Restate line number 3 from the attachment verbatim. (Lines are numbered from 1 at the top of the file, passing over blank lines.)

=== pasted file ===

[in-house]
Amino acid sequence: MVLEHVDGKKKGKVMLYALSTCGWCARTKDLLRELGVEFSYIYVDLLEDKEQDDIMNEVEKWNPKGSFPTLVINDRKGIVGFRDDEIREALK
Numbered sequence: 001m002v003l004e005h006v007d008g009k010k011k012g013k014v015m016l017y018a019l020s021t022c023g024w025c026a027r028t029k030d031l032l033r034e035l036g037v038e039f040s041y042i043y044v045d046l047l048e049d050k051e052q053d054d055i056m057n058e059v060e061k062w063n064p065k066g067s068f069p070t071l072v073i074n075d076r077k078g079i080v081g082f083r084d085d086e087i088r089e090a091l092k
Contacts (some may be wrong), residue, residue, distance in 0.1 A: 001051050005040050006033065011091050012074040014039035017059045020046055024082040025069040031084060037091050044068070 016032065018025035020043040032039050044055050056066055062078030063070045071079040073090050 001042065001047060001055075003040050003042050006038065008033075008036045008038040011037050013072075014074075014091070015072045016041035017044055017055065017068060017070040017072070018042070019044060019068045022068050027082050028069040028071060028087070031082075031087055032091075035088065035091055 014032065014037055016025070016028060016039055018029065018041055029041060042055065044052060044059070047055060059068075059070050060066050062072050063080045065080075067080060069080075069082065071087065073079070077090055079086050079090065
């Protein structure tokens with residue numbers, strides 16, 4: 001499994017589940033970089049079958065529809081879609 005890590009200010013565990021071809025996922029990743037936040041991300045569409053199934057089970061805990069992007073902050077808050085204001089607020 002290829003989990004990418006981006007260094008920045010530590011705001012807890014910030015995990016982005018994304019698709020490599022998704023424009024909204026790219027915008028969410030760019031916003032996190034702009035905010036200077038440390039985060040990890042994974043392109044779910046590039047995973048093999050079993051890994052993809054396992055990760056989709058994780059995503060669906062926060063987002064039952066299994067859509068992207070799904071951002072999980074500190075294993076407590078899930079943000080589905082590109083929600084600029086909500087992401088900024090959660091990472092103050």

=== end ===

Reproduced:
Numbered sequence: 001m002v003l004e005h006v007d008g009k010k011k012g013k014v015m016l017y018a019l020s021t022c023g024w025c026a027r028t029k030d031l032l033r034e035l036g037v038e039f040s041y042i043y044v045d046l047l048e049d050k051e052q053d054d055i056m057n058e059v060e061k062w063n064p065k066g067s068f069p070t071l072v073i074n075d076r077k078g079i080v081g082f083r084d085d086e087i088r089e090a091l092k